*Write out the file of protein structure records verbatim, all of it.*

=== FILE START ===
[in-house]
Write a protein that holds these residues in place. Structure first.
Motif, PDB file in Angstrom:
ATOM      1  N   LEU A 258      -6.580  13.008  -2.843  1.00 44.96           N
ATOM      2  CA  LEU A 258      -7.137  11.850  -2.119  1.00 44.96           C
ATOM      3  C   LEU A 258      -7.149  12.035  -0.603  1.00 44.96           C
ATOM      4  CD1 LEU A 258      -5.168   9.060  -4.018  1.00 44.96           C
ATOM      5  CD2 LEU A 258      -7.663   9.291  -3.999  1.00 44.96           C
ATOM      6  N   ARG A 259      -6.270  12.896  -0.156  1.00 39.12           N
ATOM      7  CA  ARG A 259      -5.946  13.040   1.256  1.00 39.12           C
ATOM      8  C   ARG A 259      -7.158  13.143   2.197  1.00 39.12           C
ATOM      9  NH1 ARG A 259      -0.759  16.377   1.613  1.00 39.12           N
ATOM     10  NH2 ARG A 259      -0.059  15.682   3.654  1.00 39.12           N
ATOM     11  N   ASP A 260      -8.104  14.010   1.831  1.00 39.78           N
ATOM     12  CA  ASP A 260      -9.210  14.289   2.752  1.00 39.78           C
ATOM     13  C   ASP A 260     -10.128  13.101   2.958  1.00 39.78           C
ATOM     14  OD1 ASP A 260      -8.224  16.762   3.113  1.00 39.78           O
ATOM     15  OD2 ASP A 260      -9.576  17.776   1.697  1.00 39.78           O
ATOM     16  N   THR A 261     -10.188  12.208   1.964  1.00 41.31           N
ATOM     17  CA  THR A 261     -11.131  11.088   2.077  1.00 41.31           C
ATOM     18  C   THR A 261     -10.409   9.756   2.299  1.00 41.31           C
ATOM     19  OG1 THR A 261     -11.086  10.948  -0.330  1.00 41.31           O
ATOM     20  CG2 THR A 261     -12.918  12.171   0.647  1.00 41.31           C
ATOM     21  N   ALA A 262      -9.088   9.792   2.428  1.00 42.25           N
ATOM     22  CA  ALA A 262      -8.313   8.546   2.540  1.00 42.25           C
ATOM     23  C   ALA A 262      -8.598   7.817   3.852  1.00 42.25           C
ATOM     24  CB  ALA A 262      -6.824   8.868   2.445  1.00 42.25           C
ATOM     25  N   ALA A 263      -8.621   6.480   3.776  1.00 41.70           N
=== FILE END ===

[in-house]
Write a protein that holds these residues in place. Structure first.
Motif, PDB file in Angstrom:
ATOM      1  N   LEU A 258      -6.580  13.008  -2.843  1.00 44.96           N
ATOM      2  CA  LEU A 258      -7.137  11.850  -2.119  1.00 44.96           C
ATOM      3  C   LEU A 258      -7.149  12.035  -0.603  1.00 44.96           C
ATOM      4  CD1 LEU A 258      -5.168   9.060  -4.018  1.00 44.96           C
ATOM      5  CD2 LEU A 258      -7.663   9.291  -3.999  1.00 44.96           C
ATOM      6  N   ARG A 259      -6.270  12.896  -0.156  1.00 39.12           N
ATOM      7  CA  ARG A 259      -5.946  13.040   1.256  1.00 39.12           C
ATOM      8  C   ARG A 259      -7.158  13.143   2.197  1.00 39.12           C
ATOM      9  NH1 ARG A 259      -0.759  16.377   1.613  1.00 39.12           N
ATOM     10  NH2 ARG A 259      -0.059  15.682   3.654  1.00 39.12           N
ATOM     11  N   ASP A 260      -8.104  14.010   1.831  1.00 39.78           N
ATOM     12  CA  ASP A 260      -9.210  14.289   2.752  1.00 39.78           C
ATOM     13  C   ASP A 260     -10.128  13.101   2.958  1.00 39.78           C
ATOM     14  OD1 ASP A 260      -8.224  16.762   3.113  1.00 39.78           O
ATOM     15  OD2 ASP A 260      -9.576  17.776   1.697  1.00 39.78           O
ATOM     16  N   THR A 261     -10.188  12.208   1.964  1.00 41.31           N
ATOM     17  CA  THR A 261     -11.131  11.088   2.077  1.00 41.31           C
ATOM     18  C   THR A 261     -10.409   9.756   2.299  1.00 41.31           C
ATOM     19  OG1 THR A 261     -11.086  10.948  -0.330  1.00 41.31           O
ATOM     20  CG2 THR A 261     -12.918  12.171   0.647  1.00 41.31           C
ATOM     21  N   ALA A 262      -9.088   9.792   2.428  1.00 42.25           N
ATOM     22  CA  ALA A 262      -8.313   8.546   2.540  1.00 42.25           C
ATOM     23  C   ALA A 262      -8.598   7.817   3.852  1.00 42.25           C
ATOM     24  CB  ALA A 262      -6.824   8.868   2.445  1.00 42.25           C
ATOM     25  N   ALA A 263      -8.621   6.480   3.776  1.00 41.70           N